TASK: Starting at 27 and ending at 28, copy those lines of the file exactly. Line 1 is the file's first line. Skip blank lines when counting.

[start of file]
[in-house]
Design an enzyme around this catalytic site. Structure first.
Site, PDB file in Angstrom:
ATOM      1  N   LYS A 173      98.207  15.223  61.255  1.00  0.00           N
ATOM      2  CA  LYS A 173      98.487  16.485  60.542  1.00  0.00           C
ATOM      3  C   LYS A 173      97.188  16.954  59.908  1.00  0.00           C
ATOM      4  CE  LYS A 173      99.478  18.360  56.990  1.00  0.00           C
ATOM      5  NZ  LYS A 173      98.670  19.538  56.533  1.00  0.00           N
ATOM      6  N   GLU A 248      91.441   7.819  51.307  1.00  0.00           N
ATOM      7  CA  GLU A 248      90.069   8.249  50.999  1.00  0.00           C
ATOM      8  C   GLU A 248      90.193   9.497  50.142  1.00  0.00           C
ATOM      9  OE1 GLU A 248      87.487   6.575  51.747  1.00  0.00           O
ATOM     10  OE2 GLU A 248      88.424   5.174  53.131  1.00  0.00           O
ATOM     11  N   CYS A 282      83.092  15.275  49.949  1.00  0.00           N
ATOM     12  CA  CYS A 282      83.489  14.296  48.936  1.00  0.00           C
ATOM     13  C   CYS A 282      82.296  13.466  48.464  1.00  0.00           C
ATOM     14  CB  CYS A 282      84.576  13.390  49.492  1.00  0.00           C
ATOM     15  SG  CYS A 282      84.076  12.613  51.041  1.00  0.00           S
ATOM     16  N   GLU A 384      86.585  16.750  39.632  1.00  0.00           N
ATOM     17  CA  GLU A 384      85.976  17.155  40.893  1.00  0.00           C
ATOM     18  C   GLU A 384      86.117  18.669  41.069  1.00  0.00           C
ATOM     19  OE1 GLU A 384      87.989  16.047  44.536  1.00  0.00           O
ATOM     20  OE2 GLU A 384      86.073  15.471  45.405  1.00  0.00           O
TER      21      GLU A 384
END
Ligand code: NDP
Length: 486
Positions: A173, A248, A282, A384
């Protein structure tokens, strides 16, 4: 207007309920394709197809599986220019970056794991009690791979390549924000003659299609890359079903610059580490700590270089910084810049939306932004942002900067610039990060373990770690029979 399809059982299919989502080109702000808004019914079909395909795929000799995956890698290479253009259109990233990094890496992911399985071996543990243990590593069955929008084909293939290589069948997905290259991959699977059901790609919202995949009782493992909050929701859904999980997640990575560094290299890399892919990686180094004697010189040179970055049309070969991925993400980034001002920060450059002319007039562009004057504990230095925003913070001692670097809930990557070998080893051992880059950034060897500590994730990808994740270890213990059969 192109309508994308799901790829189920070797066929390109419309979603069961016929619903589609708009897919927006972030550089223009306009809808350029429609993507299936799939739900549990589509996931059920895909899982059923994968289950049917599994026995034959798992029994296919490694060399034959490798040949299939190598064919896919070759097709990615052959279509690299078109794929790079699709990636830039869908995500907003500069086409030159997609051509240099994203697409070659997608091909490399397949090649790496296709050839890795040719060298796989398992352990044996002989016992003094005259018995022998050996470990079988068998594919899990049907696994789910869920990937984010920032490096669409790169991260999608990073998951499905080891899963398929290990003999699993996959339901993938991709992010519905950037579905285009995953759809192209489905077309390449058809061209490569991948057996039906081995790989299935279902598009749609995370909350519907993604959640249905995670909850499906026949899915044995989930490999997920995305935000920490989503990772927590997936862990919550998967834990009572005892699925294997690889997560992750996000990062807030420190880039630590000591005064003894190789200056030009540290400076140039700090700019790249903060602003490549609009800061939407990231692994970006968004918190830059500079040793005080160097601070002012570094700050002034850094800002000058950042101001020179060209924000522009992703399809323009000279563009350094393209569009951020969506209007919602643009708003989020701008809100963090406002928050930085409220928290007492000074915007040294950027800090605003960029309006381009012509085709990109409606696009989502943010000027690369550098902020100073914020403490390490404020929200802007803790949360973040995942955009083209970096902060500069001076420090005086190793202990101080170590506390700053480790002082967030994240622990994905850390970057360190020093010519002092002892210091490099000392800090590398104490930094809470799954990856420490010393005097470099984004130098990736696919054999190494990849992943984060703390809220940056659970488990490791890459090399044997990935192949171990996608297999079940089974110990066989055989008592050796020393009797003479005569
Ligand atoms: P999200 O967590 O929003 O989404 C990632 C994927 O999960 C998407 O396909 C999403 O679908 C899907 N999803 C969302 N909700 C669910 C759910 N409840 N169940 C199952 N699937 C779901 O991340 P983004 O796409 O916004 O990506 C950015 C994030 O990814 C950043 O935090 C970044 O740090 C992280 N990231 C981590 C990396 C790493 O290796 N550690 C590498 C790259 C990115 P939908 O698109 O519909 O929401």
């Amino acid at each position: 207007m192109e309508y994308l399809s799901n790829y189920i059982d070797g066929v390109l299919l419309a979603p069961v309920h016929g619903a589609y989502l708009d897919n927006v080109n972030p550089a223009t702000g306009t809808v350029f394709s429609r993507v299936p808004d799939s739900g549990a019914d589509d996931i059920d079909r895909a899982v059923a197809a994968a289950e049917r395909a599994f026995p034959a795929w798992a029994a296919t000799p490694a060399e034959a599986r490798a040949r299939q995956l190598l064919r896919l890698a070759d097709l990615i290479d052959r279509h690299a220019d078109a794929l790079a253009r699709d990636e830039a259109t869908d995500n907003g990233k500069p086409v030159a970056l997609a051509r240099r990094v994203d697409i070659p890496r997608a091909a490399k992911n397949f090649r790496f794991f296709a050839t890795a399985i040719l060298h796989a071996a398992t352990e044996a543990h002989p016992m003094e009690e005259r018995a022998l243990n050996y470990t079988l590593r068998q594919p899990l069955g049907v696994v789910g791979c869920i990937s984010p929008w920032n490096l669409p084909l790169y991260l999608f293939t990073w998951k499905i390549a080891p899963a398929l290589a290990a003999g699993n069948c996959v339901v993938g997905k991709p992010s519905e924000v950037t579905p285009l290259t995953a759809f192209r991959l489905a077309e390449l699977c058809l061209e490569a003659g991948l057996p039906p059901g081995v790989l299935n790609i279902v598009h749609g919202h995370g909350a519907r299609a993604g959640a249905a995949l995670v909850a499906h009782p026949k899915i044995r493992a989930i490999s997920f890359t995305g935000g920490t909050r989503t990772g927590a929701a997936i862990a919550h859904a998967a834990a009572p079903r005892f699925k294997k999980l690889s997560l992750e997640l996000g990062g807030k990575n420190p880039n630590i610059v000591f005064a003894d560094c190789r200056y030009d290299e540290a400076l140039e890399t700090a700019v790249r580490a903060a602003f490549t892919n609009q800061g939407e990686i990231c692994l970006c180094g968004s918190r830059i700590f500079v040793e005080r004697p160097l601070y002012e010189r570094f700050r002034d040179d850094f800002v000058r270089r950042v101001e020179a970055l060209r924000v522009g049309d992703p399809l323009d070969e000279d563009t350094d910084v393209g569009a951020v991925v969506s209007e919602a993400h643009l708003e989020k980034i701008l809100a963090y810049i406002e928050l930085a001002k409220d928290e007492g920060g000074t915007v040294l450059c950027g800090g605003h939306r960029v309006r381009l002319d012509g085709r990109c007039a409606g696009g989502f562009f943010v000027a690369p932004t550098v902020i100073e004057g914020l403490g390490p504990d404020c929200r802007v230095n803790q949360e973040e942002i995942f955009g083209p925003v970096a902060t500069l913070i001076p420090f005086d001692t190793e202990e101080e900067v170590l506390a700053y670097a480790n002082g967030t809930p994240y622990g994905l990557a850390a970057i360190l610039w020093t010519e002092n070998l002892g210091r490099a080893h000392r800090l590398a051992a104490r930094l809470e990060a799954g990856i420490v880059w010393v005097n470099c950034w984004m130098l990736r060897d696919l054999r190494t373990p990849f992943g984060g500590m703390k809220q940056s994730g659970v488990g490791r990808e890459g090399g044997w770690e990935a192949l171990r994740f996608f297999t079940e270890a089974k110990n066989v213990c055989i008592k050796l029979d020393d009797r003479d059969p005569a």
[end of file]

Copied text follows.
Length: 486
Positions: A173, A248, A282, A384